A city council committee will soon discuss new zoning bylaws for retail cannabis stores.
Walking down Osborne Street, pedestrians have a wide variety of cannabis retailers to choose from.
“Yeah, I’ve seen a lot pop up over the past couple of years around here,” said Natasha Kuzyk, who was walking in Osborne Village.
“I’ve noticed a steady increase around here. I haven’t been paying too much attention, but I have noticed a lot more people smoking out in the open in the area,” noted Roth Kensley-Speelman, who was also walking in Osborne Village.
A new City of Winnipeg report said Osborne Village is one of three Winnipeg neighbourhoods to have cannabis retailers within 50 metres of each other.
The report is recommending cannabis bylaws be part of the upcoming City of Winnipeg bylaw review.
John Arbuthnot, the CEO of Delta 9 Cannabis, said the rise in stores could be traced back to when the province dropped its zoning rules in June 2020.
“That competition is becoming quite fierce. It’s not uncommon in some areas such as Osborne Village, Corydon as well, to see multiple competitors popping up within only a few block radius,” said Arbuthnot.
According to the city, in October 2020, Winnipeg had approximately 14 cannabis stores. As of October 2021, the city said there are now 73.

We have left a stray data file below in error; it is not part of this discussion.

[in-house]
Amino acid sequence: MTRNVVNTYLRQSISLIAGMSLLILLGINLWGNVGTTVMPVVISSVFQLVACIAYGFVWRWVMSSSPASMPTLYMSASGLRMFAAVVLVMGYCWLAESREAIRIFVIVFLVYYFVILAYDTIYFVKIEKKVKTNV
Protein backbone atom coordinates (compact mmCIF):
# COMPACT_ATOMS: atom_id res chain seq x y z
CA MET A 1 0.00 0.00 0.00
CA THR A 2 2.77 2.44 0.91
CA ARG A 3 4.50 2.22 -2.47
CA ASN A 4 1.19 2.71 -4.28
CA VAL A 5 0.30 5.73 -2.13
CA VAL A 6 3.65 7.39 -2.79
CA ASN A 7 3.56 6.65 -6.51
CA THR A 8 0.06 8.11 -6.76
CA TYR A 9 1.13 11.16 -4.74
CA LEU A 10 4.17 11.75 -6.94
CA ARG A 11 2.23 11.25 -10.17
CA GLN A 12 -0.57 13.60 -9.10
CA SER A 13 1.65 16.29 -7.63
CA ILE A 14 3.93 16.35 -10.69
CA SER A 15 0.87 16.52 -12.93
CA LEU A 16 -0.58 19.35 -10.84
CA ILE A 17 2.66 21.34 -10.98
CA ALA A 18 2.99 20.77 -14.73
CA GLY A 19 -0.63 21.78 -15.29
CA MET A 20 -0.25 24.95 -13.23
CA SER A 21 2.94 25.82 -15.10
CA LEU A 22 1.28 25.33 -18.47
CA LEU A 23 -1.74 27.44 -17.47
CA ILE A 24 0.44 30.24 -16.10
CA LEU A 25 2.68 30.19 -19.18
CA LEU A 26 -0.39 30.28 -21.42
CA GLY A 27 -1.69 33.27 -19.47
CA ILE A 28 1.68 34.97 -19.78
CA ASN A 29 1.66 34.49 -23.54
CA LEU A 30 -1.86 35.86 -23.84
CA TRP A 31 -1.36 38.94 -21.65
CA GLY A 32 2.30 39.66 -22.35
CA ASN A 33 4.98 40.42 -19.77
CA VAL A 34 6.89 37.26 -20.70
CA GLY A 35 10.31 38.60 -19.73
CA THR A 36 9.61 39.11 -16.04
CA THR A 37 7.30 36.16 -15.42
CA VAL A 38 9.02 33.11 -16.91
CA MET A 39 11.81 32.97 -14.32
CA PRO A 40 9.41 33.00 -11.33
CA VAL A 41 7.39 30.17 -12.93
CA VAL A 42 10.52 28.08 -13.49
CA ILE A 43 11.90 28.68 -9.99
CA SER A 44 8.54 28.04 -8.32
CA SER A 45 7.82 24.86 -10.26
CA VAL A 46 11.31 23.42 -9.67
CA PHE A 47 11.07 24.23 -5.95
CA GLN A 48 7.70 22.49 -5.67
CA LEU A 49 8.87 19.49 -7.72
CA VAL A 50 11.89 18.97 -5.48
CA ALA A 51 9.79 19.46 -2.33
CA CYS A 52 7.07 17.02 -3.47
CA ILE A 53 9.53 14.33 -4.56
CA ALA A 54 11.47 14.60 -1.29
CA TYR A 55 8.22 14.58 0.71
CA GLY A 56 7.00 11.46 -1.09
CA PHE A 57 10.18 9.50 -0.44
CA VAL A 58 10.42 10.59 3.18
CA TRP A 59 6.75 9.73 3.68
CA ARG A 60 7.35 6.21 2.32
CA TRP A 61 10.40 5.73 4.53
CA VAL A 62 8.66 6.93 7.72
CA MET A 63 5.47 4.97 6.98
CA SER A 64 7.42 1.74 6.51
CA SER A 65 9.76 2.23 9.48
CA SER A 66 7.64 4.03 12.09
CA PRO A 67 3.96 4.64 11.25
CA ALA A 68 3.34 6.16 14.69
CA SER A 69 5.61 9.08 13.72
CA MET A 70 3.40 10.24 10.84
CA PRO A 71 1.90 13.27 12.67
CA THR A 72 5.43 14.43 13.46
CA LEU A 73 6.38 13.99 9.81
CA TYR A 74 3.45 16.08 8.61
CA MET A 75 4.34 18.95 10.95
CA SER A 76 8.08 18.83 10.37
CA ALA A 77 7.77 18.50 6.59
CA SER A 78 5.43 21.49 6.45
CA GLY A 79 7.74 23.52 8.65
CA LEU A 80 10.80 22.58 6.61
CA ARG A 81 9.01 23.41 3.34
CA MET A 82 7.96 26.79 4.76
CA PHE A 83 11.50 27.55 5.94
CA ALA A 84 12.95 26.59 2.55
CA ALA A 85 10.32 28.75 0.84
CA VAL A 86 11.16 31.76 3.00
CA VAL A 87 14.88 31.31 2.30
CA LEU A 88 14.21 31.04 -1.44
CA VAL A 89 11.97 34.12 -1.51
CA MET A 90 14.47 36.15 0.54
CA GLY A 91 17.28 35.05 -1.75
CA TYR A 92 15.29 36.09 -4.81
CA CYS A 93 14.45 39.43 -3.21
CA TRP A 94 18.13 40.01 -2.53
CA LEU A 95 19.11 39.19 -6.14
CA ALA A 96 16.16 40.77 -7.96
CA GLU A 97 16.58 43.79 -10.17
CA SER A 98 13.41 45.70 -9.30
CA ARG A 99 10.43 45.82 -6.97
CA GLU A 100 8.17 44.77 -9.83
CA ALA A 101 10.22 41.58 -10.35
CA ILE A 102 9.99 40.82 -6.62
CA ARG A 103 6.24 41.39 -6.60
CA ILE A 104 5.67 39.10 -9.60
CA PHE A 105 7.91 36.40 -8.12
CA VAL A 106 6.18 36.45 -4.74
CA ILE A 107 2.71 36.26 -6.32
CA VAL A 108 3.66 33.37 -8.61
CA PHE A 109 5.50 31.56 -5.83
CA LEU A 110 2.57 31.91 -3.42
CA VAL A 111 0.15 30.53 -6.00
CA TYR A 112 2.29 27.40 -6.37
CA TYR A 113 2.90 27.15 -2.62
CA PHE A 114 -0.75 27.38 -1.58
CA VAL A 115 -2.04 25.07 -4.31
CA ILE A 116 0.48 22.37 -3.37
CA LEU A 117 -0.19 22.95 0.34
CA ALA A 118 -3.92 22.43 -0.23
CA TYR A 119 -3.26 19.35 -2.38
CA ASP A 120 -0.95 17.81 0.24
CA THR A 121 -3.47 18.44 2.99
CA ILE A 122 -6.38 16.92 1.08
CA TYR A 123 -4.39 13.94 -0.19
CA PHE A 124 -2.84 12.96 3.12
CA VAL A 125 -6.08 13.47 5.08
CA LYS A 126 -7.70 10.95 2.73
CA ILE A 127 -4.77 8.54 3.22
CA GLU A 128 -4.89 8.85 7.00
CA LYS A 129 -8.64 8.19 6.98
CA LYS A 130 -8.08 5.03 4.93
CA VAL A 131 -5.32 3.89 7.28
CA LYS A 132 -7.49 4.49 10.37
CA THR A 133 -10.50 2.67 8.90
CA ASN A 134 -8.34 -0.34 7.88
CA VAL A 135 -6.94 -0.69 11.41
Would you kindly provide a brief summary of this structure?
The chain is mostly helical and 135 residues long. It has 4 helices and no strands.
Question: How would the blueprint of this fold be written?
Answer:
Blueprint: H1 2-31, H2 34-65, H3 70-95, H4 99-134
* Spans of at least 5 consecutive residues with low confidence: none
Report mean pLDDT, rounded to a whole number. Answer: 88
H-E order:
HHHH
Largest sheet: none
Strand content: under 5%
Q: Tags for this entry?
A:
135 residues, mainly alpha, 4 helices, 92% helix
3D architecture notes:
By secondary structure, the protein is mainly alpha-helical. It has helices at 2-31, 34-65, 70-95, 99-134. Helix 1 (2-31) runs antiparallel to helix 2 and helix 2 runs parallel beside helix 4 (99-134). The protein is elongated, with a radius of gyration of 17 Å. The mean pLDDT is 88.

The increase has caught Councillor Ross Eadie’s attention.
“When you have a lot of that, it’s giving almost a marijuana district to aspect to it saying this is the sort of societal, cultural image happening in the Osborne Village or whatever,” said Eadie.
Along with the density of the stores, another concern is that no zoning bylaw exists to stop stores from opening beside schools and parks.
“No matter what we do to the zoning bylaw in the future, those existing places that are close to schools will remain there. There is not going to be any tool to remove them,” noted Eadie.
The idea of tighter restrictions of stores has Winnipeggers split, with some CTV News spoke to saying a little more regulation is needed
“I think that is probably a good idea,” said Kensley-Speelman.
“I really can’t think of a reason to. If people want access to it, they are going to find it,” said Kuzyk.
“I agree with the schools. I think maybe four blocks away from schools,” said Phoenix Kawakami.
The zoning bylaws will be discussed at the Property and Development Committee meeting on December 2.
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